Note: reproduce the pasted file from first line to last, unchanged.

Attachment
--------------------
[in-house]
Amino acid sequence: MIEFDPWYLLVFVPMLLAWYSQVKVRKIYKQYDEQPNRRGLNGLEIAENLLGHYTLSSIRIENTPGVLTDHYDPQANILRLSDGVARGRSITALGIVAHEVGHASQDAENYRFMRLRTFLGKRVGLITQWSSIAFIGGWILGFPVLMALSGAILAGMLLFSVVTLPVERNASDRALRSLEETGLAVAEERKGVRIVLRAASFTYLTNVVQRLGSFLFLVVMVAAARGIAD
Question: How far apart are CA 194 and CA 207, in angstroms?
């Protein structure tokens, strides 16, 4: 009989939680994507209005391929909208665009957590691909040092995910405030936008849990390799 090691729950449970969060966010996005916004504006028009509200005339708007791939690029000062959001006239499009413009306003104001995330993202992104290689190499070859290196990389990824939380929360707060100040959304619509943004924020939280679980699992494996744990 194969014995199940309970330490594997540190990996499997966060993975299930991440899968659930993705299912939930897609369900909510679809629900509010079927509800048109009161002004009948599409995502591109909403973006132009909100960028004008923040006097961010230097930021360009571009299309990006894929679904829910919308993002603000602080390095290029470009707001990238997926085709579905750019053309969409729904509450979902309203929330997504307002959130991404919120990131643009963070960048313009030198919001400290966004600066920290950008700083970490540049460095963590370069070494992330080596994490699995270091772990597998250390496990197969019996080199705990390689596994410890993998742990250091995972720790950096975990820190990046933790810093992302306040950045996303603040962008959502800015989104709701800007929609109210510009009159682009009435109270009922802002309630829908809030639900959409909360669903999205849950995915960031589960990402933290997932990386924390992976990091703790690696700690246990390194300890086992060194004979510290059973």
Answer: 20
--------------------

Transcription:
[in-house]
Amino acid sequence: MIEFDPWYLLVFVPMLLAWYSQVKVRKIYKQYDEQPNRRGLNGLEIAENLLGHYTLSSIRIENTPGVLTDHYDPQANILRLSDGVARGRSITALGIVAHEVGHASQDAENYRFMRLRTFLGKRVGLITQWSSIAFIGGWILGFPVLMALSGAILAGMLLFSVVTLPVERNASDRALRSLEETGLAVAEERKGVRIVLRAASFTYLTNVVQRLGSFLFLVVMVAAARGIAD
Question: How far apart are CA 194 and CA 207, in angstroms?
């Protein structure tokens, strides 16, 4: 009989939680994507209005391929909208665009957590691909040092995910405030936008849990390799 090691729950449970969060966010996005916004504006028009509200005339708007791939690029000062959001006239499009413009306003104001995330993202992104290689190499070859290196990389990824939380929360707060100040959304619509943004924020939280679980699992494996744990 194969014995199940309970330490594997540190990996499997966060993975299930991440899968659930993705299912939930897609369900909510679809629900509010079927509800048109009161002004009948599409995502591109909403973006132009909100960028004008923040006097961010230097930021360009571009299309990006894929679904829910919308993002603000602080390095290029470009707001990238997926085709579905750019053309969409729904509450979902309203929330997504307002959130991404919120990131643009963070960048313009030198919001400290966004600066920290950008700083970490540049460095963590370069070494992330080596994490699995270091772990597998250390496990197969019996080199705990390689596994410890993998742990250091995972720790950096975990820190990046933790810093992302306040950045996303603040962008959502800015989104709701800007929609109210510009009159682009009435109270009922802002309630829908809030639900959409909360669903999205849950995915960031589960990402933290997932990386924390992976990091703790690696700690246990390194300890086992060194004979510290059973």
Answer: 20